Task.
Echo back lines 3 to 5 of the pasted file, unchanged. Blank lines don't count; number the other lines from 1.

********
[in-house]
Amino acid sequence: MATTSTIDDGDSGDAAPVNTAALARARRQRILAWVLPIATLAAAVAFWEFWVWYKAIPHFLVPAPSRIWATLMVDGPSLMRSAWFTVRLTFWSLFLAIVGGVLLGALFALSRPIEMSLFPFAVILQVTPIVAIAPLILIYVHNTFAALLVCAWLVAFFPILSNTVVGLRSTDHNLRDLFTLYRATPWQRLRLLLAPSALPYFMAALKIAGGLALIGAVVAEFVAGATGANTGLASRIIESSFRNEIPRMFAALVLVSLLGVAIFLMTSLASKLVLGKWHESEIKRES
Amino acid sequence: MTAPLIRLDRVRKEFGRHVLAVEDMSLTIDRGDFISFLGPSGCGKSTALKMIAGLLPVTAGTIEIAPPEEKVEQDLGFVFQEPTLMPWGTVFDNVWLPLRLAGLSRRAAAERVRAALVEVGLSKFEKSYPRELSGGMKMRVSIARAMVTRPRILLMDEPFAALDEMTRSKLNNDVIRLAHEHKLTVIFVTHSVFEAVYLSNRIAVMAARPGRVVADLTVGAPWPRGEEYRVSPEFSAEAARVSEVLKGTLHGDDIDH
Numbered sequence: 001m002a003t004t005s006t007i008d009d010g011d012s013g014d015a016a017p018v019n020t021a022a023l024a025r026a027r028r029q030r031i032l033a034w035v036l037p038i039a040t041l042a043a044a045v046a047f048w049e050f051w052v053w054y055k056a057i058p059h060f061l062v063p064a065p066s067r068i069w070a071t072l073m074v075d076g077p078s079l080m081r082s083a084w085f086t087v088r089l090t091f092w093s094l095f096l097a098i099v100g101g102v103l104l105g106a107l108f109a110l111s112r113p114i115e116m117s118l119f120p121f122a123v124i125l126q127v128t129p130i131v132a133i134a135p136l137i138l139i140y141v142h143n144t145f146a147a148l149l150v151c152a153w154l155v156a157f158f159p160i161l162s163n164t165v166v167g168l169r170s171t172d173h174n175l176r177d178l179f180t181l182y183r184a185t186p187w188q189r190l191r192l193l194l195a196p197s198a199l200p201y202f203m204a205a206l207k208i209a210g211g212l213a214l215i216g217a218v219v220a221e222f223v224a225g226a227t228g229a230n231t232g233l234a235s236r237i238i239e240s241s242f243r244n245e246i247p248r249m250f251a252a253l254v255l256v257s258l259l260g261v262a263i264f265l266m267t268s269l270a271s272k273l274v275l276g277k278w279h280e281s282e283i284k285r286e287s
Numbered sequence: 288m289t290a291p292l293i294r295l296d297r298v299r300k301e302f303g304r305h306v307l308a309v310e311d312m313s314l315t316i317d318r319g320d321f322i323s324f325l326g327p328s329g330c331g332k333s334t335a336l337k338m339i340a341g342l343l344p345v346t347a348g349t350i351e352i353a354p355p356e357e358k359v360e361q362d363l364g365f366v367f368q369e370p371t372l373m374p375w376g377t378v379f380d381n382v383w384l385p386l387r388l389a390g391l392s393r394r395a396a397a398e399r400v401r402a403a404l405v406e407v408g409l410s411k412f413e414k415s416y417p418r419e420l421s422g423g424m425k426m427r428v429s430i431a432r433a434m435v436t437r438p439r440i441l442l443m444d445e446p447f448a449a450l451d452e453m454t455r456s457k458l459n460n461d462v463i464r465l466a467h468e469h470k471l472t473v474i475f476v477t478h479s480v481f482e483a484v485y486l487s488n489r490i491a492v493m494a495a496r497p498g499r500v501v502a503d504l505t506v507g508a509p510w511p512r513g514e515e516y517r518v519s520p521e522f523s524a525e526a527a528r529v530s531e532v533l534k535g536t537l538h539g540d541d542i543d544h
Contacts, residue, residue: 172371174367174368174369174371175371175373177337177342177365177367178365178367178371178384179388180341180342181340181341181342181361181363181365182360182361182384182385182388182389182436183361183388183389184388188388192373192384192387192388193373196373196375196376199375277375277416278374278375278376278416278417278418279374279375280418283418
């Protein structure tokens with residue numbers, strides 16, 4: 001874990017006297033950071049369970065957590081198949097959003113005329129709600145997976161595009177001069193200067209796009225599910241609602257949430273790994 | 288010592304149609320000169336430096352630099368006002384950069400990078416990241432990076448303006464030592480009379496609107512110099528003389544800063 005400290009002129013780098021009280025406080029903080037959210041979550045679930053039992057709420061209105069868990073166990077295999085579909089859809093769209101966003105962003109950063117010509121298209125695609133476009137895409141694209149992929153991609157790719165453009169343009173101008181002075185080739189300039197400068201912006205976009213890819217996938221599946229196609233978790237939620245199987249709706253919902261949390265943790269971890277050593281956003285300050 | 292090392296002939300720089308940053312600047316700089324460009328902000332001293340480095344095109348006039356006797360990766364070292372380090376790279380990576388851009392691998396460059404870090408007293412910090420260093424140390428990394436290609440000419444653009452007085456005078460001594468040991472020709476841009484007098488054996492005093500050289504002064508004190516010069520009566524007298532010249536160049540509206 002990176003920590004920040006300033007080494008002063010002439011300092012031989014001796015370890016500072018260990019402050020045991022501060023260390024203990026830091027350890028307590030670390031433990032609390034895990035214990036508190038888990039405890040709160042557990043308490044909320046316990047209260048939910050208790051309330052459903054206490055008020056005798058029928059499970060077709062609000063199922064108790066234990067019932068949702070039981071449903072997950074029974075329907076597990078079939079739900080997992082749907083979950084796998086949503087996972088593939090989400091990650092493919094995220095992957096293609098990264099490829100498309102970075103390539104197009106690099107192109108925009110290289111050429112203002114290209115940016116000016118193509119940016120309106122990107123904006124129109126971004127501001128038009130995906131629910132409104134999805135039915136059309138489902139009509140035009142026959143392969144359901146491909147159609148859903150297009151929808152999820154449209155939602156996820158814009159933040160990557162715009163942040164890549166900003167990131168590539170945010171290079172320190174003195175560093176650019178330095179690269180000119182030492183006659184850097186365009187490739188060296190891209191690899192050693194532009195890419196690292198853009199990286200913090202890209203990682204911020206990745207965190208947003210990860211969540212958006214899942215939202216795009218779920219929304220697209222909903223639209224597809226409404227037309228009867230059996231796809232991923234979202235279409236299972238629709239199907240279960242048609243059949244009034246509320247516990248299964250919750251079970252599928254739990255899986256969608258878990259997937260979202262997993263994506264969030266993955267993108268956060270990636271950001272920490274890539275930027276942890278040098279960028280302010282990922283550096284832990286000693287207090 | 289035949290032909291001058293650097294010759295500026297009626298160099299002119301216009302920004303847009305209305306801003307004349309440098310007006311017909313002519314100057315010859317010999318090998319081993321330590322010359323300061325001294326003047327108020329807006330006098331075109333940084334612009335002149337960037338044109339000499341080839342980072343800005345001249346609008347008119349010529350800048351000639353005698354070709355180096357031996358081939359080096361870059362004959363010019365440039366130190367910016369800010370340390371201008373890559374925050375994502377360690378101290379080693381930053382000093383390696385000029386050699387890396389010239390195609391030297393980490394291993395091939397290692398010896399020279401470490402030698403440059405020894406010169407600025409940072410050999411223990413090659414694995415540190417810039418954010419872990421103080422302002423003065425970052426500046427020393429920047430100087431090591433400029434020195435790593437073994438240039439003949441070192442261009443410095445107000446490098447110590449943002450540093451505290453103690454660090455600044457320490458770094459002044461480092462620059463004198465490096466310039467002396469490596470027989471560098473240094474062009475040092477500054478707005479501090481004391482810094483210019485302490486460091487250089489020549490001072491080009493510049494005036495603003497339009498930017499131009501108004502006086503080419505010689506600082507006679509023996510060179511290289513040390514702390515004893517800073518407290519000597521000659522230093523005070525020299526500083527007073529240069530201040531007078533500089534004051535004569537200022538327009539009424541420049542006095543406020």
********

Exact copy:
Amino acid sequence: MTAPLIRLDRVRKEFGRHVLAVEDMSLTIDRGDFISFLGPSGCGKSTALKMIAGLLPVTAGTIEIAPPEEKVEQDLGFVFQEPTLMPWGTVFDNVWLPLRLAGLSRRAAAERVRAALVEVGLSKFEKSYPRELSGGMKMRVSIARAMVTRPRILLMDEPFAALDEMTRSKLNNDVIRLAHEHKLTVIFVTHSVFEAVYLSNRIAVMAARPGRVVADLTVGAPWPRGEEYRVSPEFSAEAARVSEVLKGTLHGDDIDH
Numbered sequence: 001m002a003t004t005s006t007i008d009d010g011d012s013g014d015a016a017p018v019n020t021a022a023l024a025r026a027r028r029q030r031i032l033a034w035v036l037p038i039a040t041l042a043a044a045v046a047f048w049e050f051w052v053w054y055k056a057i058p059h060f061l062v063p064a065p066s067r068i069w070a071t072l073m074v075d076g077p078s079l080m081r082s083a084w085f086t087v088r089l090t091f092w093s094l095f096l097a098i099v100g101g102v103l104l105g106a107l108f109a110l111s112r113p114i115e116m117s118l119f120p121f122a123v124i125l126q127v128t129p130i131v132a133i134a135p136l137i138l139i140y141v142h143n144t145f146a147a148l149l150v151c152a153w154l155v156a157f158f159p160i161l162s163n164t165v166v167g168l169r170s171t172d173h174n175l176r177d178l179f180t181l182y183r184a185t186p187w188q189r190l191r192l193l194l195a196p197s198a199l200p201y202f203m204a205a206l207k208i209a210g211g212l213a214l215i216g217a218v219v220a221e222f223v224a225g226a227t228g229a230n231t232g233l234a235s236r237i238i239e240s241s242f243r244n245e246i247p248r249m250f251a252a253l254v255l256v257s258l259l260g261v262a263i264f265l266m267t268s269l270a271s272k273l274v275l276g277k278w279h280e281s282e283i284k285r286e287s
Numbered sequence: 288m289t290a291p292l293i294r295l296d297r298v299r300k301e302f303g304r305h306v307l308a309v310e311d312m313s314l315t316i317d318r319g320d321f322i323s324f325l326g327p328s329g330c331g332k333s334t335a336l337k338m339i340a341g342l343l344p345v346t347a348g349t350i351e352i353a354p355p356e357e358k359v360e361q362d363l364g365f366v367f368q369e370p371t372l373m374p375w376g377t378v379f380d381n382v383w384l385p386l387r388l389a390g391l392s393r394r395a396a397a398e399r400v401r402a403a404l405v406e407v408g409l410s411k412f413e414k415s416y417p418r419e420l421s422g423g424m425k426m427r428v429s430i431a432r433a434m435v436t437r438p439r440i441l442l443m444d445e446p447f448a449a450l451d452e453m454t455r456s457k458l459n460n461d462v463i464r465l466a467h468e469h470k471l472t473v474i475f476v477t478h479s480v481f482e483a484v485y486l487s488n489r490i491a492v493m494a495a496r497p498g499r500v501v502a503d504l505t506v507g508a509p510w511p512r513g514e515e516y517r518v519s520p521e522f523s524a525e526a527a528r529v530s531e532v533l534k535g536t537l538h539g540d541d542i543d544h